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What Is a Gulet?

A gulet is a traditional wooden sailing vessel originating from Turkey, designed for comfort and leisurely cruising along the Mediterranean and Aegean coasts. With their broad decks and spacious cabins, gulets offer an intimate, boutique travel experience, blending the charm of nautical life with modern amenities. Curious about how a gulet adventure feels? Imagine unwinding on the open sea, the breeze guiding your journey. Ready to set sail?
Soo Owens
Soo Owens

A gulet is a traditional Turkish sailing vessel. The ships are wooden and have two masts, the main mast at the front of the ship, or the bow, and the other at the rear, the aft or stern. Gulets are mostly employed by the tourism industry off the coast of Turkey. A gulet is classified as a sailing vessel though some people find it less expensive and more enjoyable to power the craft with an engine in lieu of a sail.

The gulet was initially designed as a tourist vessel. A broad-beam wooden frame layout was selected to allow for a roomy deck and interior. The length of a gulet varies, but generally falls between 50 feet (15 meters) and 108 feet (33 meters). Smaller vessels are capable of storing little more than the necessary equipment, offering passengers a rustic, less extravagant ride. Larger gulets are designed with luxury in mind and have been outfitted with air conditioning and other amenities.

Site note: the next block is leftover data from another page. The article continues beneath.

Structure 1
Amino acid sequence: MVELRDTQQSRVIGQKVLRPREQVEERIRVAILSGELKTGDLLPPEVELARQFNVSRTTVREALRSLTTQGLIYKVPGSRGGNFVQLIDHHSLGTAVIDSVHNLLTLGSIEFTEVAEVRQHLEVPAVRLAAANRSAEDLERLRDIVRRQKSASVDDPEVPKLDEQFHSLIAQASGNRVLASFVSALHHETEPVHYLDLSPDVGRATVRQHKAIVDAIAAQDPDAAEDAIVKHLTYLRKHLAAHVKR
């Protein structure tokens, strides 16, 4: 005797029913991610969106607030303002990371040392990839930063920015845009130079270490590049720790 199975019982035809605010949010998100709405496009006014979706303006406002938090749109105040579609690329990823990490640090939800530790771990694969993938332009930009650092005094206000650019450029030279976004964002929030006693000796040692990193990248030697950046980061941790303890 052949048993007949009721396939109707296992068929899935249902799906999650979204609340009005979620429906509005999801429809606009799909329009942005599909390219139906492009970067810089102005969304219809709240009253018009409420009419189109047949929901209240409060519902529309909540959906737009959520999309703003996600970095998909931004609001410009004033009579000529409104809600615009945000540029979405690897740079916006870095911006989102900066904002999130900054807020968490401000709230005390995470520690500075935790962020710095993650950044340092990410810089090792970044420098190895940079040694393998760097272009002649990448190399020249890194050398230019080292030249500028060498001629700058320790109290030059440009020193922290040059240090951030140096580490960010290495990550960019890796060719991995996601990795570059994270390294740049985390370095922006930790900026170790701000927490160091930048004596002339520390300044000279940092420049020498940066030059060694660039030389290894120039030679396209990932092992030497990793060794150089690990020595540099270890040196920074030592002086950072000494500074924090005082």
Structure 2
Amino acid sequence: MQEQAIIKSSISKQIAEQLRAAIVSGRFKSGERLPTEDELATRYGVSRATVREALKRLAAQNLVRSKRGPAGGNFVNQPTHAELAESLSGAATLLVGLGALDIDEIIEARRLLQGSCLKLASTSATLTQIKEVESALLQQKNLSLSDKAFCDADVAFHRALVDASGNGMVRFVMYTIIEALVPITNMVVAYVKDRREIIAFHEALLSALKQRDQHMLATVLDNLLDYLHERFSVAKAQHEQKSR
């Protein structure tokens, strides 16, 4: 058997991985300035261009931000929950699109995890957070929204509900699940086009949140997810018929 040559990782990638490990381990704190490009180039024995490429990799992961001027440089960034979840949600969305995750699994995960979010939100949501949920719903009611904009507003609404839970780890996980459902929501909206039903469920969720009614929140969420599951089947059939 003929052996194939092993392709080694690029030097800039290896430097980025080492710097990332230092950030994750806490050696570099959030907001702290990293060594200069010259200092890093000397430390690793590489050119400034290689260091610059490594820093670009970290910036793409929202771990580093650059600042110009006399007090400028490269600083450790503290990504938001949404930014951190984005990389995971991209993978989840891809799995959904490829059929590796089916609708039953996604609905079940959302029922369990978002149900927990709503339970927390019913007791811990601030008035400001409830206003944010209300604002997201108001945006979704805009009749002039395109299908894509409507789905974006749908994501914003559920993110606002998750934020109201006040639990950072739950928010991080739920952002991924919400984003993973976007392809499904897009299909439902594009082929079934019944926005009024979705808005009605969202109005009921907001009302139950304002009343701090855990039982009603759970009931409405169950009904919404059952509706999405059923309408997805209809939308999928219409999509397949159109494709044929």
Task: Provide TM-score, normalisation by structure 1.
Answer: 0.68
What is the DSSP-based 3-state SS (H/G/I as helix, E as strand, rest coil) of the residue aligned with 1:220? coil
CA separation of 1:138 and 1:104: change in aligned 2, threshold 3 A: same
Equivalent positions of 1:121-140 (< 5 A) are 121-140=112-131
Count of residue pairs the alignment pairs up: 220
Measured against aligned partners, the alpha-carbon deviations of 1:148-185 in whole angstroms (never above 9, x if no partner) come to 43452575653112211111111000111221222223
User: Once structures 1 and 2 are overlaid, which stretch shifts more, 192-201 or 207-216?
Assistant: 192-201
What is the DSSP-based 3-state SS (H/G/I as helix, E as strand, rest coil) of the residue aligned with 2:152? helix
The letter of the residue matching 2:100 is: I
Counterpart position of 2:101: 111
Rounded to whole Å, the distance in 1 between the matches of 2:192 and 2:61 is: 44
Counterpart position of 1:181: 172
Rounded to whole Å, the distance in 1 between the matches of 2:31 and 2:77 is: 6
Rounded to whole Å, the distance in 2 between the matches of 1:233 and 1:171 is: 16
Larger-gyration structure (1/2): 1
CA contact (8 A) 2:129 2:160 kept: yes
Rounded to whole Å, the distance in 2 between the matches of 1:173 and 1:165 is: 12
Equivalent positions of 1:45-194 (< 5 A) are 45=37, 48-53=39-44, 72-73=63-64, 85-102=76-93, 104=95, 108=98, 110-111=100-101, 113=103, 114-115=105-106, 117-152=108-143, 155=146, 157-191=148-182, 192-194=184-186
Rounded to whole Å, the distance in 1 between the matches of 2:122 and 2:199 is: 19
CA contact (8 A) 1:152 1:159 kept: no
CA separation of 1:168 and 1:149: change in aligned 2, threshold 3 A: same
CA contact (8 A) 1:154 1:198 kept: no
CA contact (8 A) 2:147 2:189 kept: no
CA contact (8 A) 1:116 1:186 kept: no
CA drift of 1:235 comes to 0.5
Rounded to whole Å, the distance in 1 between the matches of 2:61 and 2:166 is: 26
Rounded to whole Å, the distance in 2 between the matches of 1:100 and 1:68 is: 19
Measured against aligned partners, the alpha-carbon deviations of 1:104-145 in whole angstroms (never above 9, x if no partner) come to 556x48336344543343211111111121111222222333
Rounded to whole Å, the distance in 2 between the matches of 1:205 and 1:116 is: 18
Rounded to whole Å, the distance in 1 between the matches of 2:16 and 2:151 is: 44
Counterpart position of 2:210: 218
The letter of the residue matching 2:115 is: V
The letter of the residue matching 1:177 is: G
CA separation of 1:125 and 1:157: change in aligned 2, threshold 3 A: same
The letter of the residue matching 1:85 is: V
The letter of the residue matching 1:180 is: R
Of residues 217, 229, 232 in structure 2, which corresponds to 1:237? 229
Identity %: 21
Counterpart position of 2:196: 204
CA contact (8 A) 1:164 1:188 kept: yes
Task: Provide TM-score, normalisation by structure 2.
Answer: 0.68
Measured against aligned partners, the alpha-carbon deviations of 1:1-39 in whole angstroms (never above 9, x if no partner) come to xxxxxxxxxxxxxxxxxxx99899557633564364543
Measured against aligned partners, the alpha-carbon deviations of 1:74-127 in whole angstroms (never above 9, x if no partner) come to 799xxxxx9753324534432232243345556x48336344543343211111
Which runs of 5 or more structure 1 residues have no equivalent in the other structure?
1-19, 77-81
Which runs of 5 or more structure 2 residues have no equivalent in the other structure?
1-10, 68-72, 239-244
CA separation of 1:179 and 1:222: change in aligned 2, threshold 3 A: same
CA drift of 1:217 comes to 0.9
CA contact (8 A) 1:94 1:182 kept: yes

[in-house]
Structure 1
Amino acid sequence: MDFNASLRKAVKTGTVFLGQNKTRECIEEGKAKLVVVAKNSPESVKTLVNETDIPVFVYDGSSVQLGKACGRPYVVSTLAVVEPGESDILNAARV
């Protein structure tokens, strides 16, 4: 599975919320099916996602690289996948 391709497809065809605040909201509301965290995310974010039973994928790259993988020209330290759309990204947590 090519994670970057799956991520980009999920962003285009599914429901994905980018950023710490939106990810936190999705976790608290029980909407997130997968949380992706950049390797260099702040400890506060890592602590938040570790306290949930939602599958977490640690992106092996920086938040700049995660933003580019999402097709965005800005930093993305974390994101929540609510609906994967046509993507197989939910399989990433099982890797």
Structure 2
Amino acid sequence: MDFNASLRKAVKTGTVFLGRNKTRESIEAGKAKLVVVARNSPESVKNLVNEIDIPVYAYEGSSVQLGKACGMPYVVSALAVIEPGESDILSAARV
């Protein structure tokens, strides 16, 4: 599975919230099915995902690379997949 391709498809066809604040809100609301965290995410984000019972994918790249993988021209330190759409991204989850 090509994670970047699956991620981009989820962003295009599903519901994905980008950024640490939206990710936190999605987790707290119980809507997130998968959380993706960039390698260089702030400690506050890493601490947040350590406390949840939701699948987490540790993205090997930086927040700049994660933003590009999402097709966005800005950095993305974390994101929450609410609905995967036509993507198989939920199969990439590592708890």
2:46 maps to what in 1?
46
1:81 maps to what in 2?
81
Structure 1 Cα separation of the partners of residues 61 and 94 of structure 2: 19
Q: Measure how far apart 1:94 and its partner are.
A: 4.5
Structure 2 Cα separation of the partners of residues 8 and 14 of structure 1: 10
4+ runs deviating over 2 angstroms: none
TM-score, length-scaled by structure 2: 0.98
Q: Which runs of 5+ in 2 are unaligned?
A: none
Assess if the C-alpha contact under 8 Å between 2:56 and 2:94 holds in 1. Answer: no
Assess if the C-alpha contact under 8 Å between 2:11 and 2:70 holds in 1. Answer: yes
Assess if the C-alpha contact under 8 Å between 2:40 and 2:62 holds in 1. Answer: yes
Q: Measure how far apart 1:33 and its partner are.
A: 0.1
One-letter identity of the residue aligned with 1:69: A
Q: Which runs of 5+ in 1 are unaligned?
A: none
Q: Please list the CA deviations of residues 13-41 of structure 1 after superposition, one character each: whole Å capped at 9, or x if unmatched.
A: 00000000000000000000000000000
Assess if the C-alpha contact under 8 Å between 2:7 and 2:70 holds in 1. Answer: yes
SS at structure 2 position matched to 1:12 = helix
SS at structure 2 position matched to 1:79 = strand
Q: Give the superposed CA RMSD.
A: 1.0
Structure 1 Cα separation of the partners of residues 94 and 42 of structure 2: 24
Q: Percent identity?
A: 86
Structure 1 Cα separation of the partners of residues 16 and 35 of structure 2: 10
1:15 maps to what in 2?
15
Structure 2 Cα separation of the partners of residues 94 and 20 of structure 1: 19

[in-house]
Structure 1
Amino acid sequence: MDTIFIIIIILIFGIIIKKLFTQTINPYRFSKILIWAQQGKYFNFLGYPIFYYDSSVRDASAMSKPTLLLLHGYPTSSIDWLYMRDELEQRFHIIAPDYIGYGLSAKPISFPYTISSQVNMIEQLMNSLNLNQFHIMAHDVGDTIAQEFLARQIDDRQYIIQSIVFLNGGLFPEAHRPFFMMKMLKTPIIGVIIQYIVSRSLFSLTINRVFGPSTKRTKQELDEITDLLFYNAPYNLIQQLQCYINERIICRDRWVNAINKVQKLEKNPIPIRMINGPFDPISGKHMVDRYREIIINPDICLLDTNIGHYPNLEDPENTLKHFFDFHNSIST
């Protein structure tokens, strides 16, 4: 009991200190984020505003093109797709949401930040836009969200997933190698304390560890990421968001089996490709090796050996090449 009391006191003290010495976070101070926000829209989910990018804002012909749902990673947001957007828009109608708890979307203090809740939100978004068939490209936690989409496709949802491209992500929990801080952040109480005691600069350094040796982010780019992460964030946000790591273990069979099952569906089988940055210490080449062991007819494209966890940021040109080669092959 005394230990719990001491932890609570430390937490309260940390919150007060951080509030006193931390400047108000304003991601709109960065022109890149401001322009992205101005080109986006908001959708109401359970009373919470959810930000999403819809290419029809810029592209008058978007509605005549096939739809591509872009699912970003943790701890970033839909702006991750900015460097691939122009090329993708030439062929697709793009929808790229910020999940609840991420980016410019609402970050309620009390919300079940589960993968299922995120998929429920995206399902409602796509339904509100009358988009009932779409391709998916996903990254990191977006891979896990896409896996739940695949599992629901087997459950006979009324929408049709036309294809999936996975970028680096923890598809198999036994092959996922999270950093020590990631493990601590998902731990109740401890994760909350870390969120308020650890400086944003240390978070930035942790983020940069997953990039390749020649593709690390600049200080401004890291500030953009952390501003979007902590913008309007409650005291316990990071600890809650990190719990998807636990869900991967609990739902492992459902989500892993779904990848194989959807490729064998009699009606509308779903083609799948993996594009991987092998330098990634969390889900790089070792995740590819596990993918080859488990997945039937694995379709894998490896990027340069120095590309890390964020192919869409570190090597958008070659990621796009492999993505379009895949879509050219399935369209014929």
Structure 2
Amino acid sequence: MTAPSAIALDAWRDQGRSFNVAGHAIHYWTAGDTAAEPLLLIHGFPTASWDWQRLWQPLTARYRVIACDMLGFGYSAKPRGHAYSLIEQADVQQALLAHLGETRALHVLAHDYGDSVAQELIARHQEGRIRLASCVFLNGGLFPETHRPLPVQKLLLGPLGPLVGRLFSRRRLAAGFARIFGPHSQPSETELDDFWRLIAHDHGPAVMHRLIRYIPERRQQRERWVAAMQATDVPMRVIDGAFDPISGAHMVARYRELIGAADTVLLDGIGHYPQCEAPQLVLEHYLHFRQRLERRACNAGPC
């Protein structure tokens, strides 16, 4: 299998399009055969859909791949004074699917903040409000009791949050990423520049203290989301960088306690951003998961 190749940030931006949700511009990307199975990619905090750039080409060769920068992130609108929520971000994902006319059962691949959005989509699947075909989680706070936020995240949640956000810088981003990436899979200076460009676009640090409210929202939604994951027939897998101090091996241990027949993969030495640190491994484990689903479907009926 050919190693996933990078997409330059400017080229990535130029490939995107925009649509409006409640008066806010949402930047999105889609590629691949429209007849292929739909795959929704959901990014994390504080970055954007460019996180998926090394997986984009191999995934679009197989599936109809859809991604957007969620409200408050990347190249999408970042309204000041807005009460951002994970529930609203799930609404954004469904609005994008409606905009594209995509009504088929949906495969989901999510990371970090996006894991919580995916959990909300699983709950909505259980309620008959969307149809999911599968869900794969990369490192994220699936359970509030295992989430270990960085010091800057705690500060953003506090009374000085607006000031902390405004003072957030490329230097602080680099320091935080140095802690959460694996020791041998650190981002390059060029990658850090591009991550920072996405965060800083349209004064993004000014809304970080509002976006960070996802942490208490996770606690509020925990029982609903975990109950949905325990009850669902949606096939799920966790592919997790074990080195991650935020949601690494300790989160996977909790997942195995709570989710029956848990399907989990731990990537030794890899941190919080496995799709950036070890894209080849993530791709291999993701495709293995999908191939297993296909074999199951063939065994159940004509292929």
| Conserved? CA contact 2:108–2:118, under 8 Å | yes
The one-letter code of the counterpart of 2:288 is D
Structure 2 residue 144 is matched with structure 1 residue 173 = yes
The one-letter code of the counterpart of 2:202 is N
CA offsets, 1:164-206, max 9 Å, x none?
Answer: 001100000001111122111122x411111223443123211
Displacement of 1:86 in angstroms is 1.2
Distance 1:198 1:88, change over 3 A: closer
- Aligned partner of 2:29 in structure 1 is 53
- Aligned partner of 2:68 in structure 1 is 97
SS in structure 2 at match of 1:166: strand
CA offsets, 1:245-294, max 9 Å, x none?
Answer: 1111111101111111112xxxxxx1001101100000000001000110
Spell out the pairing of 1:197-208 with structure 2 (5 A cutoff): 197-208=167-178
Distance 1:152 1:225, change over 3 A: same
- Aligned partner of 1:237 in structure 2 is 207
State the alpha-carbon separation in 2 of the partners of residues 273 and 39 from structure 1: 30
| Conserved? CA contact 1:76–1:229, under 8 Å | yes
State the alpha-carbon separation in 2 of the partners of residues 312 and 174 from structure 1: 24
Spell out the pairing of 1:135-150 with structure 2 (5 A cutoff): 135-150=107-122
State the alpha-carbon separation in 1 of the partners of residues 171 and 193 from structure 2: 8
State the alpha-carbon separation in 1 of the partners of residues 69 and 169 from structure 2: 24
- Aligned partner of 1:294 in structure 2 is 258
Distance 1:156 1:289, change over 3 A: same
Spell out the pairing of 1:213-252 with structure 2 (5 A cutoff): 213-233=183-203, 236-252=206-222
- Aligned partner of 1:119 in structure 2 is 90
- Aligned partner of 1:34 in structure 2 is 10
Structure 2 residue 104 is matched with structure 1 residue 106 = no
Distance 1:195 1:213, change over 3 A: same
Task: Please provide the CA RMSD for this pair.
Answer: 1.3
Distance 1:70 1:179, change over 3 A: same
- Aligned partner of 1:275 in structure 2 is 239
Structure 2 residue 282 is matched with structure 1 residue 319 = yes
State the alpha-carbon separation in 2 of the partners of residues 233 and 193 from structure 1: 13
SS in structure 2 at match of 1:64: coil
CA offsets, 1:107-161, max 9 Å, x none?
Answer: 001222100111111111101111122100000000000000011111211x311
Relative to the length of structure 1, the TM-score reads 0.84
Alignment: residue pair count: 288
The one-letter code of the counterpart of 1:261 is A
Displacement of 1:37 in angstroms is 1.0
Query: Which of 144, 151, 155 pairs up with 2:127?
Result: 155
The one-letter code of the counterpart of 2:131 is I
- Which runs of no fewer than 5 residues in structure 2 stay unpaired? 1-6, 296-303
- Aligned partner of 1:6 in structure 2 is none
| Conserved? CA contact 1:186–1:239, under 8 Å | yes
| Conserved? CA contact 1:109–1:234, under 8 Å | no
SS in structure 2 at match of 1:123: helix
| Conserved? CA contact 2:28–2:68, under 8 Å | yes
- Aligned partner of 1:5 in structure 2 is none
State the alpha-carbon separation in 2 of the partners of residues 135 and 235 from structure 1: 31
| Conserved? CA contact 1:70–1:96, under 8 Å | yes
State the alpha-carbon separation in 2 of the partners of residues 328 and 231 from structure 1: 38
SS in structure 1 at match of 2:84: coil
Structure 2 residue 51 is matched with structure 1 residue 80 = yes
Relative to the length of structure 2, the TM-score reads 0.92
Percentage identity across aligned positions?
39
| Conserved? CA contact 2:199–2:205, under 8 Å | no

Woman with hand on her hip
Woman with hand on her hip

The five- and six-room gulets are the most common configurations, but they can feature as few as three rooms or as many as 12. Rooms are usually intended for occupation by no more than two people. Many gulets have rooms with private toilets. The more luxurious models often include a private shower. The crew, regardless of the vessel's size, is usually limited to three members who sleep in the lazarette, a private room, at the bow.

Three areas comprise the communal space — the stern deck, foredeck, and main cabin. The foredeck is generally used for lounging in the sun while the stern deck provides protection from it. The stern deck usually features a long row of cushioned seating and a structure that provides shade. A number of activities, including meals, are carried out in the main cabin where there is no need to worry about the interference of weather.

Most gulets have transitioned to motor power, usually diesel, which offers increased reliability over sail power. Some vessels have adopted a completely motor-powered configuration. The majority, though, continue to employ a combination of sail and diesel power. Properly rigged masts allow the ship to sail when wind patterns are favorable while relying on diesel power the rest of the time. This allows the gulet to continue its tour regardless of the winds.

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